Arbitration panel holds Hong Kong's trump card
Hong Kong's growing reputation as a competitive international side could backfire on the territory's bid to get three of their top cricketers eligible for the ICC Trophy next year, senior cricket official Peter Slack said.
All-rounder Rahul Sharma, batsman Martin Lever and fast bowler Mohammed Zubair are all under a qualification cloud. Their future depends on the Hong Kong Cricket Association (HKCA) being successful in their bid to get them exempted.
But the HKCA's case has been weakened by the growing perception overseas that the territory are genuine contenders to grab one of three World Cup spots available to associate members.
According to HKCA chairman Slack, the territory cannot expect any favours from the ICC's arbitration panel - made up of five associate members - who will decide whether Sharma, Zubair and Lever are eligible.
'I got the impression at Lord's that the others are quite scared of Hong Kong. They think we are capable of qualifying for the World Cup,' said Slack, who attended the ICC meeting at Lord's last month.
To make matters worse, three of the five countries - Malaysia, Kenya and Bermuda - who are on the arbitration panel, strongly back a locals-only policy.
Slack, who is not hoping for much, said: 'I don't expect any sympathy from them. All three cricketers are genuine cases and I hope they are passed. Their presence will make a huge difference in the strength of the team.' The ICC has ruled that at next year's tournament, all teams must start with seven local-born players or citizens, with the rest qualifying under a five-year rule.
At the 1994 ICC Trophy in Kenya, Hong Kong finished in the top eight - their highest-ever finish. But the current side is regarded as better than the 1994 squad and there is cautious optimism in local cricket circles that the territory can improve on that finish.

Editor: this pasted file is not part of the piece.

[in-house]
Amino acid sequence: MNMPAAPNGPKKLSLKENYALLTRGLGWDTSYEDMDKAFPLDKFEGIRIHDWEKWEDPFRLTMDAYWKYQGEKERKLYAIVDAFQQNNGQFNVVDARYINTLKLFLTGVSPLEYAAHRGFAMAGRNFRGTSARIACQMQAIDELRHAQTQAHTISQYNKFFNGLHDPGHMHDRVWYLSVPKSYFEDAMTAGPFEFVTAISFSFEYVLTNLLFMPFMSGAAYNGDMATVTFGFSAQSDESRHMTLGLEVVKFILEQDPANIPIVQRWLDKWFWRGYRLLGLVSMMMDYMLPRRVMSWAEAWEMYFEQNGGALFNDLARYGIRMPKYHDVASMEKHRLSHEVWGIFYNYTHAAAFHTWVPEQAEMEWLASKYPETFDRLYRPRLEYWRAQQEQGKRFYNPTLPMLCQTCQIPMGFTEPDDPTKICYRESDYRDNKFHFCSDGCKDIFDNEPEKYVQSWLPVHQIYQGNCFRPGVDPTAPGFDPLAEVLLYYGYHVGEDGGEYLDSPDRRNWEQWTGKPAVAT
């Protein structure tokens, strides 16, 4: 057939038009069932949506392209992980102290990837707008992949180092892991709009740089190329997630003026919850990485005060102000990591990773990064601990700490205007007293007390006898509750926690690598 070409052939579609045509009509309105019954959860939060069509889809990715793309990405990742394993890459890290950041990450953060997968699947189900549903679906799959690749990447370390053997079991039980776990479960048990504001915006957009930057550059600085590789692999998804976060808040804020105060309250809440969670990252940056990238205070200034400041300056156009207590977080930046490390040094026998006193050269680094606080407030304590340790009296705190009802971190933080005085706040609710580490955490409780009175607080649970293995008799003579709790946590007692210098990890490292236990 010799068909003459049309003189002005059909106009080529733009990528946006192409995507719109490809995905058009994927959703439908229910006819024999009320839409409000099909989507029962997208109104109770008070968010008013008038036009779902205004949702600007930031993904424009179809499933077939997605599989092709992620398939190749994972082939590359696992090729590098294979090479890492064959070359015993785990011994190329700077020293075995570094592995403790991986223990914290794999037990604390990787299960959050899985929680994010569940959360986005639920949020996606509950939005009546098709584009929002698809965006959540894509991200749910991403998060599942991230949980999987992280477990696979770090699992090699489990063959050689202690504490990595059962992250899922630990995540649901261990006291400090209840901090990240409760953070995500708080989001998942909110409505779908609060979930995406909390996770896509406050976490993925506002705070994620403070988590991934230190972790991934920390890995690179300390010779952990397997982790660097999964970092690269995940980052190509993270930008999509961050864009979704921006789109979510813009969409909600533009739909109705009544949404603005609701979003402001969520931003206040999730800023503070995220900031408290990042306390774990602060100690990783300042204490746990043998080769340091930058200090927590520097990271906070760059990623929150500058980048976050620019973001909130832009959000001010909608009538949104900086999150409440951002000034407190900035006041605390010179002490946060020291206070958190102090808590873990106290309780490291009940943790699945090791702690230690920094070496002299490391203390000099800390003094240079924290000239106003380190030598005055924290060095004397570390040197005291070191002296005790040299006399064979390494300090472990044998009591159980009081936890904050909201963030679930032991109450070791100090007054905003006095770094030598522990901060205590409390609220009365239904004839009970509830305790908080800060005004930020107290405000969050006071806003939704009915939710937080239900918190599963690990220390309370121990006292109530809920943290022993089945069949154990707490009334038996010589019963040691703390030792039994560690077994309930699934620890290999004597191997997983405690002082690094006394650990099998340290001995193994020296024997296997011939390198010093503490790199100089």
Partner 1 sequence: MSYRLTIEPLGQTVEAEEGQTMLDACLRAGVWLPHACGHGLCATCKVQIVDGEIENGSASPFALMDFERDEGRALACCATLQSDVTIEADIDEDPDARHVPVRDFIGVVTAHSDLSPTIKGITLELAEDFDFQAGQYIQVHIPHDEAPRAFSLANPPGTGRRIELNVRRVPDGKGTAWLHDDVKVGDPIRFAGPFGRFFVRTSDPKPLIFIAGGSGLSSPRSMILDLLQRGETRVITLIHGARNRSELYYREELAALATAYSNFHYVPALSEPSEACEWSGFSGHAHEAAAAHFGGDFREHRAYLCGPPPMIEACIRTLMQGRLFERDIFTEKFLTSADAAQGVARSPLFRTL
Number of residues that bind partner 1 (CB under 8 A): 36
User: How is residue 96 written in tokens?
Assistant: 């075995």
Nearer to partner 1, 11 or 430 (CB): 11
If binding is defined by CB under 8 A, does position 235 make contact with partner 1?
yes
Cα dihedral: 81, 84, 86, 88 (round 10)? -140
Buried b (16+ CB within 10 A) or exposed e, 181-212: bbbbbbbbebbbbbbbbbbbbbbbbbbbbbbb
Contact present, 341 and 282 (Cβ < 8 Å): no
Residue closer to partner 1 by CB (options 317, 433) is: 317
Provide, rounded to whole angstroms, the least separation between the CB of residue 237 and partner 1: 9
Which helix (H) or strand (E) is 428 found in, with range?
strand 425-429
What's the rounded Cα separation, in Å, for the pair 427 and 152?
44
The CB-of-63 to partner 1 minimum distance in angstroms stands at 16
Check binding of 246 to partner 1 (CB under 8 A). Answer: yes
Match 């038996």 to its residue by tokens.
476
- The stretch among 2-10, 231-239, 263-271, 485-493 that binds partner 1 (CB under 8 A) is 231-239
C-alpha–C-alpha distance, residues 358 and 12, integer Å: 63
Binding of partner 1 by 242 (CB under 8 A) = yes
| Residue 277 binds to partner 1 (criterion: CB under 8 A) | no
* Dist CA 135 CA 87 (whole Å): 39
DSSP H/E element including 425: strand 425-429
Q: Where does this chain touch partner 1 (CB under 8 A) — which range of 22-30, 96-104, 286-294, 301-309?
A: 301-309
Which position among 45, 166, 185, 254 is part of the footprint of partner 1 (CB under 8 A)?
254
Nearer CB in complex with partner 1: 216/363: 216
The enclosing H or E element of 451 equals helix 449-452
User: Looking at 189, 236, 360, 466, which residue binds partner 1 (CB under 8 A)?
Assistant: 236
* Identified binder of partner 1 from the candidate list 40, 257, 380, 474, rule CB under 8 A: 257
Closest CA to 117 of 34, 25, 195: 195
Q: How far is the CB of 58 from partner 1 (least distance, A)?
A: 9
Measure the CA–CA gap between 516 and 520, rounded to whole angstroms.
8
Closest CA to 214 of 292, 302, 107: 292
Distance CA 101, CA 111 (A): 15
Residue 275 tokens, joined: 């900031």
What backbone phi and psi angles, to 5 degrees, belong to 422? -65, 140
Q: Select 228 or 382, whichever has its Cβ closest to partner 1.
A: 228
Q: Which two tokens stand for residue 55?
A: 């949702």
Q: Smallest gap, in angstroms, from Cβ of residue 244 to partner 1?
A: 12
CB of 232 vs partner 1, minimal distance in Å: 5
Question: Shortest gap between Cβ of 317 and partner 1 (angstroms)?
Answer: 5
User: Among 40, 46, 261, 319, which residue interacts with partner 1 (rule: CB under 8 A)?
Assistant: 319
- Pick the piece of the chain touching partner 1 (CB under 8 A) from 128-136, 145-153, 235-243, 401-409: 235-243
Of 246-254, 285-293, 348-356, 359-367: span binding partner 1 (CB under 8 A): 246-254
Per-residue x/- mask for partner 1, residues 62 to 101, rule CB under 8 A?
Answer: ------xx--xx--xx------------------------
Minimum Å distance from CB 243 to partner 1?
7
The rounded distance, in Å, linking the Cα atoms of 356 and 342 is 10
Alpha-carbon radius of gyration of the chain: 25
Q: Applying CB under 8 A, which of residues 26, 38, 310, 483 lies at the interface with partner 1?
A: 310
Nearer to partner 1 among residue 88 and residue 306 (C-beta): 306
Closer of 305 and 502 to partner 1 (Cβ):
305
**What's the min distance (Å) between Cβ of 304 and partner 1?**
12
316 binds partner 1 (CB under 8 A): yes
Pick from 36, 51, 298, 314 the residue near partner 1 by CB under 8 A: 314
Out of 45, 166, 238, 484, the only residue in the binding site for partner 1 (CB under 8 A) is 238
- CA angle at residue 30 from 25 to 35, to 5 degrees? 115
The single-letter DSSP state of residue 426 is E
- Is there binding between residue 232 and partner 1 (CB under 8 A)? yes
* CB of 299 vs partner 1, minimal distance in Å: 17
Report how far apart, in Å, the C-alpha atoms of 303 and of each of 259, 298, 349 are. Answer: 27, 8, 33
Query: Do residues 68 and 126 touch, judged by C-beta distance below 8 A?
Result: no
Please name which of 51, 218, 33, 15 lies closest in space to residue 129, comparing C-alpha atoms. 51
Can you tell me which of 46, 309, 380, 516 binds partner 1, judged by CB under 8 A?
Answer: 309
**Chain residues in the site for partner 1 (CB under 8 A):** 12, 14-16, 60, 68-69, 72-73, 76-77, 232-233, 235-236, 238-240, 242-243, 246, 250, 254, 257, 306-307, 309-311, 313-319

But that is provided players like Sharma and company are found to be exempt from the residency qualification. All three are borderline cases, having been in and out of the territory over the past few years - thus raising the question whether they fulfil the required 240 days per year a player has to stay in the country he wants to represent.
Already, the HKCA have met with little success at Lords. Fast bowler Adrian Ashman and all-rounder Rowan McGregor were rejected by Lord's last month and another former local player of repute, Simon Myles, who the HKCA had put forward to test the water, was also rejected.
'Ashman was unfortunate as he missed out by just a matter of a few days. The same with McGregor. Myles has not lived in Hong Kong for the past five years but he is a local product. They turned him down,' Slack said.
The HKCA have been asked to register all their players with the ICC. All documentation to support the case of Sharma and company will be sent to the ICC for clearance.
The ICC Trophy is contested by 22 associate member nations and territories, and will be played from March 30-April 14 in Kuala Lumpur. Kenya, Holland and the United Arab Emirates qualified from the last ICC Trophy for this year's World Cup in the sub-continent.